I only saw him play live once in my life. It was 1997 and ESPN was showing a live shot of the Detroit Vipers, a now-defunct minor-league hockey team. Gordie Howe skated out during an overly dramatized set of introductions. He took the ice to play but one shift, so he could claim that he had played professional hockey in six decades.
You couldn’t even call it a moment, as his ice time came to about 47 seconds, but it was something that hockey purists decried as a stunt, a farce and a smudge of tarnish on the legacy of the man. It was a circus act, like having a cab give an obese Babe Ruth to first base, people of this ilk bemoaned. One pundit noted that “Of all the greatness of Gordie, that one passed the line.”
That’s only true if you didn’t understand him.
The man known affectionately as “Mr. Hockey,” died today at the age of 88. That he made it to this ripe old age is a shocker to anyone who saw him play. He was a rough, rugged player who had no compunction about introducing your head to the boards. His nickname during his playing days was “Elbows,” and for good reason.
Dick Schaap noted that during Howe’s era, the great goal scorers were not giant men and they needed protection from the goons of the league.
Except for Gordie. He took care of himself.
Some called him dirty, including famously his own son, who played with him on the Houston Aeros of the World Hockey Association. Howe would bristle at that, noting instead that he had a sense of fairness and justice on the ice: If you act up, you get something coming your way.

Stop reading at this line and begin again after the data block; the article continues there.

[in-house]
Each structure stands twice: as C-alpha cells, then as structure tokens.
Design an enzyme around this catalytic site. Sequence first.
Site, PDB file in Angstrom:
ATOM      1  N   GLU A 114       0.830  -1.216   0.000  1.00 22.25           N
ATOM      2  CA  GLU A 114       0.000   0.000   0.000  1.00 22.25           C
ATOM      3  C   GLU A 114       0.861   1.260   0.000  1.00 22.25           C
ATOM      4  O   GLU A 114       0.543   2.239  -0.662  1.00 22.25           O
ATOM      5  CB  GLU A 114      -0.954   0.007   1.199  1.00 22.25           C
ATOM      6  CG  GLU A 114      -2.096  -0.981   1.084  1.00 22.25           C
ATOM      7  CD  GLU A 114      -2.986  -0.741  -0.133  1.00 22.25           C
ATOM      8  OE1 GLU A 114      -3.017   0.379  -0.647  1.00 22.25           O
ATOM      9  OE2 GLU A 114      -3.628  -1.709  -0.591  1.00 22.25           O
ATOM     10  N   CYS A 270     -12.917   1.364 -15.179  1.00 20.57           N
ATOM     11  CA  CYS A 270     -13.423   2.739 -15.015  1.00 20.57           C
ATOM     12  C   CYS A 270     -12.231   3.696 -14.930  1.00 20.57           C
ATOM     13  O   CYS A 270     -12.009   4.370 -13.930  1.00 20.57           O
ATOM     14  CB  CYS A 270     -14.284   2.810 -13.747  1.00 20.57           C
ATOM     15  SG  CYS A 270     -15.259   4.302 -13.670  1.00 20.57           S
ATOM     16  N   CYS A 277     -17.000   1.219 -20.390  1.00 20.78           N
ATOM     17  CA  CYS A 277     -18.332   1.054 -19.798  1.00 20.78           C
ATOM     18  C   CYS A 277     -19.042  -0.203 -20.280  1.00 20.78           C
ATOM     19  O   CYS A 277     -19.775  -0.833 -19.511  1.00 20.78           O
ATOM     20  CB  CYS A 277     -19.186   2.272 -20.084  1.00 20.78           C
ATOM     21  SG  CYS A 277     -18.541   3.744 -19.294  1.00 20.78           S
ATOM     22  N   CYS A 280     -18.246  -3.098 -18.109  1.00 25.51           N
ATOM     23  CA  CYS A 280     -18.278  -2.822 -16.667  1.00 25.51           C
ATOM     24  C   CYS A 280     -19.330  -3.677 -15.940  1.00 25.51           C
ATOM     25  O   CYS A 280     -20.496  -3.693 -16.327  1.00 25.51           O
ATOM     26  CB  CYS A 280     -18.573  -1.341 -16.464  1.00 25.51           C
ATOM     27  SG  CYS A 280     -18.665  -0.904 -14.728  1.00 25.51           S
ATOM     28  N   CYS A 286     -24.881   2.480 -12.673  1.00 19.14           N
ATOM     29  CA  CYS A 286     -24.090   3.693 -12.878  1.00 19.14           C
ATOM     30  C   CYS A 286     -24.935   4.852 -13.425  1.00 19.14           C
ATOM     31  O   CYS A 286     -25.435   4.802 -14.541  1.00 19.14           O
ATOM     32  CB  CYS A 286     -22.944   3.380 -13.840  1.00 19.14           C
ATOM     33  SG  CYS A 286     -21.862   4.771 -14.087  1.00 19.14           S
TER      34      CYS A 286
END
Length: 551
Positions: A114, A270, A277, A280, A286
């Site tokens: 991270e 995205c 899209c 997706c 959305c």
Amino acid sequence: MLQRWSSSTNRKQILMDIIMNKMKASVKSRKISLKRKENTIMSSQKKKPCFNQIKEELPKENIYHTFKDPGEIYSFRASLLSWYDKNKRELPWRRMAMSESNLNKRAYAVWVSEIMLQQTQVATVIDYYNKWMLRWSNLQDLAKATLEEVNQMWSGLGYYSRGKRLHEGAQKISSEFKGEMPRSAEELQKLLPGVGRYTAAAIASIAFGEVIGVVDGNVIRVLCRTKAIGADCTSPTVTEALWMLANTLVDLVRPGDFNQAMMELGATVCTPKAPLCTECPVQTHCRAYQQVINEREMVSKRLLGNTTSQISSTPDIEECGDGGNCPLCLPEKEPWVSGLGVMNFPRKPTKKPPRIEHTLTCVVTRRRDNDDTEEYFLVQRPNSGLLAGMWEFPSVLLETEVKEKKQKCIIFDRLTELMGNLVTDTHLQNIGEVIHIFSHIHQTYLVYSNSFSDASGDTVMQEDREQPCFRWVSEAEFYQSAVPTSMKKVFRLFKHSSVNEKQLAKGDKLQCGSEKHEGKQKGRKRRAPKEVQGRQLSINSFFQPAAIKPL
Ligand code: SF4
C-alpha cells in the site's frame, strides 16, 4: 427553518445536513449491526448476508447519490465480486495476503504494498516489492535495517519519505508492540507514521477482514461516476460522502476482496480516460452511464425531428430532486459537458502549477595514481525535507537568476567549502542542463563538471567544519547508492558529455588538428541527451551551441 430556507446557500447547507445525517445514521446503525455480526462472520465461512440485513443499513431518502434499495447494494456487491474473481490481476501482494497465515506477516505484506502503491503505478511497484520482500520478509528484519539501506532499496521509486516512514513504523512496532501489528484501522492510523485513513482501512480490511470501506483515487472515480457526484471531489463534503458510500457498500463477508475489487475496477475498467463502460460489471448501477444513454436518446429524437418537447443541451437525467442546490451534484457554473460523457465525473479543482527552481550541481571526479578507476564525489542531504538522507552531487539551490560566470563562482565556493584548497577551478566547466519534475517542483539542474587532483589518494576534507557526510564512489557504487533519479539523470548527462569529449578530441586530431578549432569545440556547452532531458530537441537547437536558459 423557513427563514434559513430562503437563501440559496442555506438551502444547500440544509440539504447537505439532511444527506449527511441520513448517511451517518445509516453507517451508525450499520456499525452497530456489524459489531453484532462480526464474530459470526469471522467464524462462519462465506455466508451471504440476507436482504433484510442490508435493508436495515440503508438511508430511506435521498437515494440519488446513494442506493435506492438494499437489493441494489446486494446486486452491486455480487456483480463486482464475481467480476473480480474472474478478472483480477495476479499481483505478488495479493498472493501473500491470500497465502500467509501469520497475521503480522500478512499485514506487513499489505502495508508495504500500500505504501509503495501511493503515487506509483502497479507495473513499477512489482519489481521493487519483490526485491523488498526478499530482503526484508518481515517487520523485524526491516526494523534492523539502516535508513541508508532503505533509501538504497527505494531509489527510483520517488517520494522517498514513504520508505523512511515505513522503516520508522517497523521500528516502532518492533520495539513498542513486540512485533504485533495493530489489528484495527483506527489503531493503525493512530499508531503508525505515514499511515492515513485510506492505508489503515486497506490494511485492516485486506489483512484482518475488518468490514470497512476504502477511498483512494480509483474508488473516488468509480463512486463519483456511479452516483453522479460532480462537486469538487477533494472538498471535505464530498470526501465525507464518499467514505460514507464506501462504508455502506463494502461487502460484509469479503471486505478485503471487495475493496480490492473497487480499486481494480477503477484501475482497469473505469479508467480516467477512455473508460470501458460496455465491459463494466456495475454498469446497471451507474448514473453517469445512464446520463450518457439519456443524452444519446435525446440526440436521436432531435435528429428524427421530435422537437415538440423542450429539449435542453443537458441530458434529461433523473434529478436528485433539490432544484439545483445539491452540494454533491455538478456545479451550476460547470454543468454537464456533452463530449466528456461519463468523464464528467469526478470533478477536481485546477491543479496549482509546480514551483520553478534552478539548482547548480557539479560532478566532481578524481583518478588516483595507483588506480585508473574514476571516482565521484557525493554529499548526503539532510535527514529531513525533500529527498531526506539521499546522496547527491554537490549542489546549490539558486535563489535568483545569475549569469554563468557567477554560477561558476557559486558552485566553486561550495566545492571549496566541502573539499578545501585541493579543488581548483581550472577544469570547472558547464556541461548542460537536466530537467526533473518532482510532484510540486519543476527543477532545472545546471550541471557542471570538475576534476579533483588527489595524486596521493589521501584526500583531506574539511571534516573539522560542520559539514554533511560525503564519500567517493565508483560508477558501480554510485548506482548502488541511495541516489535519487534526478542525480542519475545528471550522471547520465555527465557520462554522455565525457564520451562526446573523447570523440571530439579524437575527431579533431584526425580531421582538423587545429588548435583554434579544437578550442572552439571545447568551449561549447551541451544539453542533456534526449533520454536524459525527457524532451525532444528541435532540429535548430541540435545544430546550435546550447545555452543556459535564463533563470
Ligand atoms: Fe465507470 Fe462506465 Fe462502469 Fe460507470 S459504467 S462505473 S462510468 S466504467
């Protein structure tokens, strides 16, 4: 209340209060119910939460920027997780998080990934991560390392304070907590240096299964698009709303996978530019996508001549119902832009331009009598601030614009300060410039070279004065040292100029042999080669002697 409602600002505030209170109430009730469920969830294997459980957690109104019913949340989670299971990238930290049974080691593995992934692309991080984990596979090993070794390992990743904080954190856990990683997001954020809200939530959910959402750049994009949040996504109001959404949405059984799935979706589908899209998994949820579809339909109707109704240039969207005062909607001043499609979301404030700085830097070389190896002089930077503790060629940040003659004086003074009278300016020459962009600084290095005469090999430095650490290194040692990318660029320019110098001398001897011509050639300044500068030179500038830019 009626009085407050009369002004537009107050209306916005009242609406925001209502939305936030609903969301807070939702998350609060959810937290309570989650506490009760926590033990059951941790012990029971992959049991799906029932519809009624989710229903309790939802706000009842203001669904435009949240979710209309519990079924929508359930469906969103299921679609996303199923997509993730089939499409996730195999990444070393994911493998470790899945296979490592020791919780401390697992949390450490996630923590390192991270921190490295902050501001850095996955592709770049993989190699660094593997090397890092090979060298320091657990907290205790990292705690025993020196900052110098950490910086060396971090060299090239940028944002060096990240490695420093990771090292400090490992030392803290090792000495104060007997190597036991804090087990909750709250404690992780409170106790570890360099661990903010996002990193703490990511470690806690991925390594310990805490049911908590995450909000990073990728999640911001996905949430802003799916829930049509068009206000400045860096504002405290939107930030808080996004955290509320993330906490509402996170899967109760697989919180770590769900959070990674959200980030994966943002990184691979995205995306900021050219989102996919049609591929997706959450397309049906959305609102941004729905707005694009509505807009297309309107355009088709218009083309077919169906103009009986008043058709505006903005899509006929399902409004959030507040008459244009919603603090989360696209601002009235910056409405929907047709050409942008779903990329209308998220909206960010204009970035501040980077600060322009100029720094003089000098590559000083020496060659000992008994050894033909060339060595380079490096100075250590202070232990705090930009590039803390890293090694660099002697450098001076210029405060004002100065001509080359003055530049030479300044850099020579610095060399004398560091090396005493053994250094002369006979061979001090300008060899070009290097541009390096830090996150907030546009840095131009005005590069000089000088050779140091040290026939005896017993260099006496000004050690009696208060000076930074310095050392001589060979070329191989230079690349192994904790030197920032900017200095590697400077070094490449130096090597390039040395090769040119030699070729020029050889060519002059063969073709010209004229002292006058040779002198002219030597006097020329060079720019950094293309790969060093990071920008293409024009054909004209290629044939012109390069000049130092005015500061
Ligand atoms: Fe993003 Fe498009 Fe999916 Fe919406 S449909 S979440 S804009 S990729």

A memorable moment had him, at the age of 46, trying to get an opposing player to leave his son alone. When the man wouldn’t relent, Howe reached down, stuck his fingers in the guy’s nostrils and physically dragged him off the ice.
He played until he was 52 in the NHL, finishing his 26-year career with the Hartford Whalers in 1979-80. There are people who need a Lark 7 mini-scooter to shop at Walmart at that age. He scored 41 points in that season.
As much as Canadians held The Rocket (Maurice Richard) in high regard from that era, making him the Original Six’s standard bearer of Canada’s hockey greatness, Howe became a cultural touchstone long after he played his last game.
Cameron wears a beat-up Howe jersey in “Ferris Bueller’s Day Off.”
Howe is a “hidden character” in the “Open Ice” 2 on 2 video game.